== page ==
Finally, D’Elia argues that Sigismondo retained his esteem for pagan virtue even after Pope Pius II’s damnation of him and the loss of most of his territory. Of course, Pound has nothing nice to say about Pius II: “So that in the end that pot-scraping little runt Andreas / Bensi, da Siena / Got up to spout out the bunkum / That that monstrous swollen, swelling s. o. b. / Papa Pio Secundo / Æneas Silvius Piccolomini / da Siena / Had told him to spout . . .” (10/44). In D’Elia’s view, Sigismondo held on to his reverence for antiquity to the end:
Sigismondo did what he had to do to survive against the papacy. But his attempted assassination of Paul II and his possible involvement in the conspiracy to murder the pope in 1468 show him defiant, uncontrite, and essentially unyielding. . . . Sigismondo also never abandoned his interest in . . . the sophisticated philosophical paganism of antiquity, so vividly demonstrated in his reverential reburial of Plethon’s corpse in the Tempio Malatestiano. (273)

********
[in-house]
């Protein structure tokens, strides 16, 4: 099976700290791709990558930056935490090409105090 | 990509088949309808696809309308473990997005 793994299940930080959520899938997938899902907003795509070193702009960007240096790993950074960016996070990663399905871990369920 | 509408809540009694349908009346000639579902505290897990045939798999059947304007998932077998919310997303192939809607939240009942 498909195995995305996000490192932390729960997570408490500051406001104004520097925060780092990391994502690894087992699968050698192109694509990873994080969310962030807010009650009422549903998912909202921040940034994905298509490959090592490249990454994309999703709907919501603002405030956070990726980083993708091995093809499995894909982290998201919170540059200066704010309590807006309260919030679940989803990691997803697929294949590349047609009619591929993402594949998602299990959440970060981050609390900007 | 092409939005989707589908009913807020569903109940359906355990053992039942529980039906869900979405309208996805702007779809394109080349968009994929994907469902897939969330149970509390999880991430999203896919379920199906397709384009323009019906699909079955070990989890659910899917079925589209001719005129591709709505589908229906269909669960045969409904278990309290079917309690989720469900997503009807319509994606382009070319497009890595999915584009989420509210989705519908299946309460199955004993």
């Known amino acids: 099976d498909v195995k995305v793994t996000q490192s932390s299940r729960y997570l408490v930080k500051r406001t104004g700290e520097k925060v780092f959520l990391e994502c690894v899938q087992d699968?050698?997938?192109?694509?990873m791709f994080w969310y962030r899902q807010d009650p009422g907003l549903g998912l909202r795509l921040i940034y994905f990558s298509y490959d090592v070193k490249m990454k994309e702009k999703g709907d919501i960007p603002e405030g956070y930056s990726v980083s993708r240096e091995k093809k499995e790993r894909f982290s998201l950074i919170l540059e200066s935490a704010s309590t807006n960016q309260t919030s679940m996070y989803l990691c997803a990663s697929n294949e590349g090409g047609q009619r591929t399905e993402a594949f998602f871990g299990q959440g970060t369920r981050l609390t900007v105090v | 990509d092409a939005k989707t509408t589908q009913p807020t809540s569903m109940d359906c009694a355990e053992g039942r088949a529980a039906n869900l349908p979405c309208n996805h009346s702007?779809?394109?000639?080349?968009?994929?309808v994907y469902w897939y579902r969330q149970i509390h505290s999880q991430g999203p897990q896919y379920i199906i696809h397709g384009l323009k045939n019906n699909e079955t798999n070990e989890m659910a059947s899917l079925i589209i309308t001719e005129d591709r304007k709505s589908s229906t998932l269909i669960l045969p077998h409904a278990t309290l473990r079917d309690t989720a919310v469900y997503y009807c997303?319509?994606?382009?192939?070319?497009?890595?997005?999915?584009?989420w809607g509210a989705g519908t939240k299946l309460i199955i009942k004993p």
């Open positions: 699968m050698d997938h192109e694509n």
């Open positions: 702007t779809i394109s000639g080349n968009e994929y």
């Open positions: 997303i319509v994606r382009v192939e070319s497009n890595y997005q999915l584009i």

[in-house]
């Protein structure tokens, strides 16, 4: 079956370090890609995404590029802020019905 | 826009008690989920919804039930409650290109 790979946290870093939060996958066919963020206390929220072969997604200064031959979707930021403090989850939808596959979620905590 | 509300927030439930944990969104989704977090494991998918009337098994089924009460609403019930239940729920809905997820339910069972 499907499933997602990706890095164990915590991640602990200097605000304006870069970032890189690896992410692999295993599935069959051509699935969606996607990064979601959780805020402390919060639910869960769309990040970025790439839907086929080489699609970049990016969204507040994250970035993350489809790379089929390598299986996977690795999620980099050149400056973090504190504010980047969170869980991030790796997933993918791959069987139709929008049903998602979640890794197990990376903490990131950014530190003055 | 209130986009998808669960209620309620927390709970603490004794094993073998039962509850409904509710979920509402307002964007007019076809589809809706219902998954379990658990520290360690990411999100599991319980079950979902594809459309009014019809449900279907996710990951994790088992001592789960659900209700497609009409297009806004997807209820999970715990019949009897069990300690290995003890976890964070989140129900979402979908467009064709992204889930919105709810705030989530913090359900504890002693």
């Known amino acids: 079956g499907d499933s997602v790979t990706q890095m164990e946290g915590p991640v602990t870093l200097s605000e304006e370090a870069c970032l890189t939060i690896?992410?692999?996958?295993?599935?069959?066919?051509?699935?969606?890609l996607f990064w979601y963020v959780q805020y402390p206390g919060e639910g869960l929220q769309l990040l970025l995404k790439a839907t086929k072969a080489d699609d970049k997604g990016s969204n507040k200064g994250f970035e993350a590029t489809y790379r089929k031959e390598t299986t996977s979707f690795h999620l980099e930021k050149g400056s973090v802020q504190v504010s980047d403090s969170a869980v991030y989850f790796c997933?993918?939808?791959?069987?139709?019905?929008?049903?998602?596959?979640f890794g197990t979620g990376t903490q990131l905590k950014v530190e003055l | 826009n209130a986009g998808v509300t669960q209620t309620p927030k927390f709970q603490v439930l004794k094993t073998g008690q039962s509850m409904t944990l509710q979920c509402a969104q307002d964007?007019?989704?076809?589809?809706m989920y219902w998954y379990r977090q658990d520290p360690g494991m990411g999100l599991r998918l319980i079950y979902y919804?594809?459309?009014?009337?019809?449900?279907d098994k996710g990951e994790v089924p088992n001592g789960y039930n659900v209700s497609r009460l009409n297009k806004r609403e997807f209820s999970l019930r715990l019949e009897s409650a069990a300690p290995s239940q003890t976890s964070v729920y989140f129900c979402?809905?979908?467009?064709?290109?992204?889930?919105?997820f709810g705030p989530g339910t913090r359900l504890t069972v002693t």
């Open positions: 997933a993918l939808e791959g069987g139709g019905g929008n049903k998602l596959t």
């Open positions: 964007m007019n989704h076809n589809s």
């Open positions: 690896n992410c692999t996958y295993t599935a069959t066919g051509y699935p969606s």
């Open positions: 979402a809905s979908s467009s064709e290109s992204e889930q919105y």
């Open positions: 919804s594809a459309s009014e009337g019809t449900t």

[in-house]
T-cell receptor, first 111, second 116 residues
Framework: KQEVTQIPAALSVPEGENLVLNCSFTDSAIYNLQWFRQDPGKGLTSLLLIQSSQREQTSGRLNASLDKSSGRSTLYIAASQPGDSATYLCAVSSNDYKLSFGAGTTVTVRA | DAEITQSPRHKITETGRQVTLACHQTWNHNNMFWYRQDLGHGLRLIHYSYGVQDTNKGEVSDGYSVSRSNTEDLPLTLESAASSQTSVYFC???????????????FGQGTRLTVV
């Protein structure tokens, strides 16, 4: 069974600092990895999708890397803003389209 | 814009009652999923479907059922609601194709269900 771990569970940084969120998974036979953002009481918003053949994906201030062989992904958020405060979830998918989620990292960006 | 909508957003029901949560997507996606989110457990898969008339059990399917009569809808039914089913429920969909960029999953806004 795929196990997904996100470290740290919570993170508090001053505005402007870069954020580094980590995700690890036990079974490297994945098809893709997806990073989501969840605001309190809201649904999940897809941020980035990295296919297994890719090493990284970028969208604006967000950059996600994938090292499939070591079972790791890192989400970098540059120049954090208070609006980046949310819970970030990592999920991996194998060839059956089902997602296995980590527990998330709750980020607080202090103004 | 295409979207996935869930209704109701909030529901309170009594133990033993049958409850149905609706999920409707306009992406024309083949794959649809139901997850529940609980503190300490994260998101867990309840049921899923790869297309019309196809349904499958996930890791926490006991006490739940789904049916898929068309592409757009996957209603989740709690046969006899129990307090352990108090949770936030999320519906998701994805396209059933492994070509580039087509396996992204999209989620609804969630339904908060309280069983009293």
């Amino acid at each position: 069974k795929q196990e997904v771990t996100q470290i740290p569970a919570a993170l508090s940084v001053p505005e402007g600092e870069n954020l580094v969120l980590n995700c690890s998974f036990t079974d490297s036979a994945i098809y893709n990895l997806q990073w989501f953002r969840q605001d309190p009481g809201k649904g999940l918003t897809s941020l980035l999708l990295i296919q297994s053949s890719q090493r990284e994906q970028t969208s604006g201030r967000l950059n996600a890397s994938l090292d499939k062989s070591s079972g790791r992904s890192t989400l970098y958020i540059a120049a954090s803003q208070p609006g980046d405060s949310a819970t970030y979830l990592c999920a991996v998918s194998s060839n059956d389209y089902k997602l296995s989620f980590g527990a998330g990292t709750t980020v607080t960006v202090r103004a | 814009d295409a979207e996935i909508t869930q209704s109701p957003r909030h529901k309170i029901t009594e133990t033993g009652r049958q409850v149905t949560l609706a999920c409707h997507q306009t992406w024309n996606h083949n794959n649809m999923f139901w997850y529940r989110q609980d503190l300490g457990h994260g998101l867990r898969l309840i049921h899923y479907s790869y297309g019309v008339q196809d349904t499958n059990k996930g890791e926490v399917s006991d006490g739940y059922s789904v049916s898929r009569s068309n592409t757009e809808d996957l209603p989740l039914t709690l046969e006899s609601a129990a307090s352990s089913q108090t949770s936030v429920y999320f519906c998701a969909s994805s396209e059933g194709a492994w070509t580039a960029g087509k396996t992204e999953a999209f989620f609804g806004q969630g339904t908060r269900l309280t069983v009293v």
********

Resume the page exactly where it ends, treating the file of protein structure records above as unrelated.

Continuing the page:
Pound, too, references Neoplatonist Gemistus Plethon in his frontispiece to Guide to Kulchur: “Sigismundo brought back Gemisto’s coffin, and I leave the reader to decide whether without that incitement to curiosity even Herr Schulze wd. have dug up the illegible ms. in the Laurenziana or anyone noticed the latin pages bound in at the end of an almost unfindable edtn. of Xenophon.” According to D’Elia, the burial of Plethon at the Tempio Malatestiano constituted a final act of pagan defiance against the Christian papacy that ruined him.